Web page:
Glaucoma is a group of diseases that can damage the eye’s optic nerve and result in vision loss and blindness; it occurs when the normal fluid pressure inside the eyes slowly rises. However, with early treatment, you can often protect your eyes against serious vision loss.
What is the optic nerve?
The optic nerve is a bundle of more than 1 million nerve fibers. It connects the retina to the brain. The retina is the light-sensitive tissue at the back of the eye. A healthy optic nerve is necessary for good vision.
Causes and Risk Factors
How does open-angle glaucoma damage the optic nerve?
In the front of the eye is a space called the anterior chamber. A clear fluid flows continuously in and out of the chamber and nourishes nearby tissues. The fluid leaves the chamber at the open angle where the cornea and iris meet. When the fluid reaches the angle, it flows through a spongy meshwork, like a drain, and leaves the eye.
Does increased eye pressure mean that I have glaucoma?
Not necessarily. Increased eye pressure means you are at risk, but does not mean you have the disease. A person has glaucoma only if the optic nerve is damaged. If you have increased eye pressure but no damage to the optic nerve, you do not have glaucoma. However, you are at risk.
Can I develop glaucoma if I have increased eye pressure?
Not necessarily. Not every person with increased eye pressure will develop the disease. Some people can tolerate higher eye pressure better than others. Also, a certain level of eye pressure may be high for one person but normal for another. Whether you develop glaucoma depends on the level of pressure your optic nerve can tolerate without being damaged. This level is different for each person.
Can I develop glaucoma without an increase in my eye pressure?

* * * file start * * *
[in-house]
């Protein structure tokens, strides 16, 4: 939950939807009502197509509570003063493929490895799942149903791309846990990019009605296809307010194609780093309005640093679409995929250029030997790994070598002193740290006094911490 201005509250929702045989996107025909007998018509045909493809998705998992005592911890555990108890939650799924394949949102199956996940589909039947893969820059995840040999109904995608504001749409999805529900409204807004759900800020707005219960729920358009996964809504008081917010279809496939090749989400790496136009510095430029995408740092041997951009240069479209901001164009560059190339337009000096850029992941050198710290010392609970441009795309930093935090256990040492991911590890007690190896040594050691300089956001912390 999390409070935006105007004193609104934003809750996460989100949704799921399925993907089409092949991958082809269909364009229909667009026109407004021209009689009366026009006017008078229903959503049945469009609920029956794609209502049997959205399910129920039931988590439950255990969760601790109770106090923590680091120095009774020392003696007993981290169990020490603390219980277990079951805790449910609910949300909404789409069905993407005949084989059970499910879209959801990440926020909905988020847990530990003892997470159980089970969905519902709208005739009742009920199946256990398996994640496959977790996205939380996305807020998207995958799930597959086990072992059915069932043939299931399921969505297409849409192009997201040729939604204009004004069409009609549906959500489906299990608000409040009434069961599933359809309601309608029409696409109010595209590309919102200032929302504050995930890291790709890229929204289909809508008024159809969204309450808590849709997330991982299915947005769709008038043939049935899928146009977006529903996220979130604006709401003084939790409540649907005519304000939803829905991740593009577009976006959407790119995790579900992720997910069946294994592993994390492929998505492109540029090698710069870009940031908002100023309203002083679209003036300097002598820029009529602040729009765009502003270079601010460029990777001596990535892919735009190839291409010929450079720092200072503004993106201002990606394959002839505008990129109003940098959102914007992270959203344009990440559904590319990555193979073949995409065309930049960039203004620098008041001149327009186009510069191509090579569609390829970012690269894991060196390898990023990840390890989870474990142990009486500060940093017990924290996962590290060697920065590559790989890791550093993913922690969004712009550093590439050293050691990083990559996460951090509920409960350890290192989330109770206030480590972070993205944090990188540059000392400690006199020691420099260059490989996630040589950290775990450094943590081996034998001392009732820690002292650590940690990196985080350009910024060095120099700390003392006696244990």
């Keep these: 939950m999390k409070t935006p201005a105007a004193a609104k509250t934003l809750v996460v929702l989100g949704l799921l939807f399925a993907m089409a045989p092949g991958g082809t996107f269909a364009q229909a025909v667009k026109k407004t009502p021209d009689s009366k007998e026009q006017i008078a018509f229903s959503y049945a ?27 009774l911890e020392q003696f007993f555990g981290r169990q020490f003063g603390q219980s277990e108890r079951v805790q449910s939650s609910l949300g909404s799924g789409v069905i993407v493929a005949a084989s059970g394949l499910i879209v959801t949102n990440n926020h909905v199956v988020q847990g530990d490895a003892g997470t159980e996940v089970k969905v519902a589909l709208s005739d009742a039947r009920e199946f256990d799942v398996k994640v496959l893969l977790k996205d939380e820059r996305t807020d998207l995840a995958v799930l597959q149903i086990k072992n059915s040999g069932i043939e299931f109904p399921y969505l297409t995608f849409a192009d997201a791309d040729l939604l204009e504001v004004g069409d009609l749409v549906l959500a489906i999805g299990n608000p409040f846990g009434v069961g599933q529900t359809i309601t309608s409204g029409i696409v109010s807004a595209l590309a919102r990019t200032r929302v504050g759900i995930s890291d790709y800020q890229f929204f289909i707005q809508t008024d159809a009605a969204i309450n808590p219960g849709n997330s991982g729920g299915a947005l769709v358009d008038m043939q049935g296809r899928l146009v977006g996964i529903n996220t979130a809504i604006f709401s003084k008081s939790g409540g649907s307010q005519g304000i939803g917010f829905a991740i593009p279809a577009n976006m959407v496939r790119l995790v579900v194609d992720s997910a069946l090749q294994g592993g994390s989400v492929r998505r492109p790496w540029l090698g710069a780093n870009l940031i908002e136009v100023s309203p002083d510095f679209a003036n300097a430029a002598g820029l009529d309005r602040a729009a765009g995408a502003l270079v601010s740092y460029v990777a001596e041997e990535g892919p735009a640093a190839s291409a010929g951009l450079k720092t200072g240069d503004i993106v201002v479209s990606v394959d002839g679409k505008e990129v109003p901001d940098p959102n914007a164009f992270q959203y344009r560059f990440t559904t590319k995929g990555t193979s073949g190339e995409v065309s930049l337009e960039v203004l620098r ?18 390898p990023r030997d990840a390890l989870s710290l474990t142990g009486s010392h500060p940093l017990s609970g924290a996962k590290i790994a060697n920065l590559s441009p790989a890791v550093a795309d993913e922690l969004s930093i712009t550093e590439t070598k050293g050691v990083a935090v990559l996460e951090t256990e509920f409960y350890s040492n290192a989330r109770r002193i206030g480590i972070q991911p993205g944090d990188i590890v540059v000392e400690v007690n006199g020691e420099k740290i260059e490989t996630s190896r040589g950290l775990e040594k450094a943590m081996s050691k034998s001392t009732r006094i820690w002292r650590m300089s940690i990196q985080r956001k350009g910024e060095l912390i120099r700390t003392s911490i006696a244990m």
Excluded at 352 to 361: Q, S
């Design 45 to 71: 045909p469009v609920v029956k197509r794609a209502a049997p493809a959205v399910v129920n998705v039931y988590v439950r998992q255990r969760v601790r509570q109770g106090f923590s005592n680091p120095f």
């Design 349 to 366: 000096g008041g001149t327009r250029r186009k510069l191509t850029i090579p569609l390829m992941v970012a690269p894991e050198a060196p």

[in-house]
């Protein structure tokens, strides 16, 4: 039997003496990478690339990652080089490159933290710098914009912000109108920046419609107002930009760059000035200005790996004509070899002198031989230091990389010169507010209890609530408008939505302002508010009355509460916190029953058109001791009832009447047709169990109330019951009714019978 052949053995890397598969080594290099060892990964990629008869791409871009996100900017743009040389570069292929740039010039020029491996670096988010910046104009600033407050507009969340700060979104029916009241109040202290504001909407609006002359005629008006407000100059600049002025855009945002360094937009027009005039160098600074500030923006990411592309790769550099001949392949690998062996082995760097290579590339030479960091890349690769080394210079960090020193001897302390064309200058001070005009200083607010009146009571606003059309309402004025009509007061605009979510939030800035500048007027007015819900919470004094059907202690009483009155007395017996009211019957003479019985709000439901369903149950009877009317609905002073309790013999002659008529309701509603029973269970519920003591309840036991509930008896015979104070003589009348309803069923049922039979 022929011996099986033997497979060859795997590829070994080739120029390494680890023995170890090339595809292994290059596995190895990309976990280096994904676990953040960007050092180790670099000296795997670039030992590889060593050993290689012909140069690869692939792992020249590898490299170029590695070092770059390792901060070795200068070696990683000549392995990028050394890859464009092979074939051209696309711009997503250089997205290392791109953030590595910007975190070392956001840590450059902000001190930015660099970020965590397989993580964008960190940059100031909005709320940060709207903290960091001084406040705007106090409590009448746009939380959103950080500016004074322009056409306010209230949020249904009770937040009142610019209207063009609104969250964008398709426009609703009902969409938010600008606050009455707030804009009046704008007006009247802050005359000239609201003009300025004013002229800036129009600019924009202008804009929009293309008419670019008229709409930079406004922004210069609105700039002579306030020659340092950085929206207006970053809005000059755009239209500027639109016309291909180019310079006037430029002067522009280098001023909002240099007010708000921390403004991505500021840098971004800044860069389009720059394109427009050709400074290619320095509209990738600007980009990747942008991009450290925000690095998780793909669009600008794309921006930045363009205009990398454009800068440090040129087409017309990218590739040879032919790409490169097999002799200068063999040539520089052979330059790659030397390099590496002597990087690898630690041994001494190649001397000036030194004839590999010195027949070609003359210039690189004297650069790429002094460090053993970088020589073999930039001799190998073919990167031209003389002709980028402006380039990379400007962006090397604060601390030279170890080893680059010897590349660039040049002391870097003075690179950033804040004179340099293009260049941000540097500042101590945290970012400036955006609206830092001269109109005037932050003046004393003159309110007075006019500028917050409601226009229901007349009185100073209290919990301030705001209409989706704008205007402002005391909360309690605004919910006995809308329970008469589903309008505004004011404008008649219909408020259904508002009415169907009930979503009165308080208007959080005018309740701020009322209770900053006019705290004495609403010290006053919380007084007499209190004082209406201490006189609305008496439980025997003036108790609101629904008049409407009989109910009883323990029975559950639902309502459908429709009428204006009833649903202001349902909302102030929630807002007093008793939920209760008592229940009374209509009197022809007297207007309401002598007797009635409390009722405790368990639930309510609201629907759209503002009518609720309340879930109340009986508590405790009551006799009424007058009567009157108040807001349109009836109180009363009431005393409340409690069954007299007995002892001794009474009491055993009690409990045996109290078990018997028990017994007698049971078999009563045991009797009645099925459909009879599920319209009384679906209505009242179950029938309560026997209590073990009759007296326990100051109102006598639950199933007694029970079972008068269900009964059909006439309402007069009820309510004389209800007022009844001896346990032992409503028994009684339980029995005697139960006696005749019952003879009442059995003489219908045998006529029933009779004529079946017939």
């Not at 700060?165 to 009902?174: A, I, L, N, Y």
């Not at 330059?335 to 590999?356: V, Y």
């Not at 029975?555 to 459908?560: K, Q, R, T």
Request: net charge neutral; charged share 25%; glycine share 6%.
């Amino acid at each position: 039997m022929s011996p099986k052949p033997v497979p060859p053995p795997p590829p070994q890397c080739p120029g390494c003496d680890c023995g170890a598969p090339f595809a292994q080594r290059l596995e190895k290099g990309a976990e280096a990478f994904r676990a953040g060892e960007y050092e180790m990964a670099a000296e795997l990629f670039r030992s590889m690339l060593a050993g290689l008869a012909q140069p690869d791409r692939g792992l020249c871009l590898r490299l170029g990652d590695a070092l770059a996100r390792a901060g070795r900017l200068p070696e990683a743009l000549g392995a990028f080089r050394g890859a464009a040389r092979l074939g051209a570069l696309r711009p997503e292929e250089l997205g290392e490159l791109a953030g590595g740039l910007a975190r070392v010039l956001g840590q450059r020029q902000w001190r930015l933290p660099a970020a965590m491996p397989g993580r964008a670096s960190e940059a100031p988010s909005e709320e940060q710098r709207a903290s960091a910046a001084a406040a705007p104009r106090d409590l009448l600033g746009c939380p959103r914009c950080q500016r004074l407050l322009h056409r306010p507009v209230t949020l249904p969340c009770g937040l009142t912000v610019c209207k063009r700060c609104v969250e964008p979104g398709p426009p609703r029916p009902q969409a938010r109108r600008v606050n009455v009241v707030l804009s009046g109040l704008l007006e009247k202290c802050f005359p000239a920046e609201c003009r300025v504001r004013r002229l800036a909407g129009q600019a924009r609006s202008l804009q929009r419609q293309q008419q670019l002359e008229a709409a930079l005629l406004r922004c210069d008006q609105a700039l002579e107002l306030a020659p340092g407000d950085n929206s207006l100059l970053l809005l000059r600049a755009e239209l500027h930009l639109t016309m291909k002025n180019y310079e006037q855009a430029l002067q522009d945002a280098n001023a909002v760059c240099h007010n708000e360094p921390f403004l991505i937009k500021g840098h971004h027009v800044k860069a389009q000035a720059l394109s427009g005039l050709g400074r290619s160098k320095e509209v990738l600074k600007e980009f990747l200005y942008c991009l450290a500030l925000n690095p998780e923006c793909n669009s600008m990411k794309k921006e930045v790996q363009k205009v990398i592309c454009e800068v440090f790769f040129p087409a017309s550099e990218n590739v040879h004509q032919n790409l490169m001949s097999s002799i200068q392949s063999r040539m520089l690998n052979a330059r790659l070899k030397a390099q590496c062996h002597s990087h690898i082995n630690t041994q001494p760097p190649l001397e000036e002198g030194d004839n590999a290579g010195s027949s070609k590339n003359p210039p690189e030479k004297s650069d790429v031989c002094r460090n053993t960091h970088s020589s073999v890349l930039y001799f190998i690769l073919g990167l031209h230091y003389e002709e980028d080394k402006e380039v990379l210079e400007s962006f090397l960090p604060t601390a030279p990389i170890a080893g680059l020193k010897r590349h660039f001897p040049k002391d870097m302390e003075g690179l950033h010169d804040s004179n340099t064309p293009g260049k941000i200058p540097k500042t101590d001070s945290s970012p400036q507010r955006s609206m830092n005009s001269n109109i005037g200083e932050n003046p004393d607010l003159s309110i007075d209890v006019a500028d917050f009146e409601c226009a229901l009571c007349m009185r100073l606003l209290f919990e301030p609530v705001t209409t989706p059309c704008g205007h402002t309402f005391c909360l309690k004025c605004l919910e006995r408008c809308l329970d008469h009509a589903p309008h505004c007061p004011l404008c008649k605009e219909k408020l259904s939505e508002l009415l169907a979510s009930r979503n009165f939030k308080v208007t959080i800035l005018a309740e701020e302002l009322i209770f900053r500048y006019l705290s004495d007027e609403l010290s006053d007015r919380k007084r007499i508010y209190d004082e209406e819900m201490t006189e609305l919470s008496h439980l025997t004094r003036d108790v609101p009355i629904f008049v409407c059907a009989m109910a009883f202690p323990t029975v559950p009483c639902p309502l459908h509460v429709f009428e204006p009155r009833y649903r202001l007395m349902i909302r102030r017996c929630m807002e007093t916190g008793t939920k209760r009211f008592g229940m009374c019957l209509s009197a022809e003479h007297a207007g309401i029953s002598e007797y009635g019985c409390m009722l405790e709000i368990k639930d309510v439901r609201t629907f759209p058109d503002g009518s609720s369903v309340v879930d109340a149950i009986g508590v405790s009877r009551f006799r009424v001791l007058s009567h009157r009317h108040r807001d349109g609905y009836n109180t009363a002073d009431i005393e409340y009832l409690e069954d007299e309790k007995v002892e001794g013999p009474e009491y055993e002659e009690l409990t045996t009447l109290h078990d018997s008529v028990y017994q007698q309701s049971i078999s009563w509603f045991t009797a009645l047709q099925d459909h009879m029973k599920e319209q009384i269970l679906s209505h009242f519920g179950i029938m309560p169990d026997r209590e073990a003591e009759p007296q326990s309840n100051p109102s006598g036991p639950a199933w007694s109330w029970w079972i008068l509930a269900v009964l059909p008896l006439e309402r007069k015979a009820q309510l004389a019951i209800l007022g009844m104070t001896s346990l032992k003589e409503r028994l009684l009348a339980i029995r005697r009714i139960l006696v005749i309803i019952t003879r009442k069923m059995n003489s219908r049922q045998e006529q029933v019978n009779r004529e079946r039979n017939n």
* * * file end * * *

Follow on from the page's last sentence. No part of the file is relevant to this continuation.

Yes. Glaucoma can develop without increased eye pressure. This form is called low-tension or normal-tension glaucoma. It is not as common as open-angle glaucoma.
Who is at risk for glaucoma?
Anyone can develop glaucoma. Some people are at higher risk than others. They include:
- African Americans over age 40
- Everyone over age 60, especially Mexican Americans
- People with a family history of glaucoma
What are the symptoms?
At first, there are no symptoms. Vision stays normal, and there is no pain. However, as the disease progresses, a person with glaucoma may notice his or her side vision gradually failing. That is, objects in front may still be seen clearly, but objects to the side may be missed.
As the disease remains untreated, people may miss objects to the side and out of the corner of their eye. Without treatment, people with glaucoma will slowly lose their peripheral (side) vision. They seem to be looking through a tunnel. Over time, straight-ahead vision may decrease until no vision remains. Glaucoma can develop in one or both eyes.
Can glaucoma be treated?
Yes. Immediate treatment for early stage, open-angle glaucoma can delay progression of the disease. That’s why early diagnosis is very important.
Treatments include medicines, laser trabeculoplasty, conventional surgery, or a combination of any of these. While these treatments may save remaining vision, they do not improve sight already lost as a result of the disease.
Information obtained from the National Eye Institute website:www.nei.nih.gov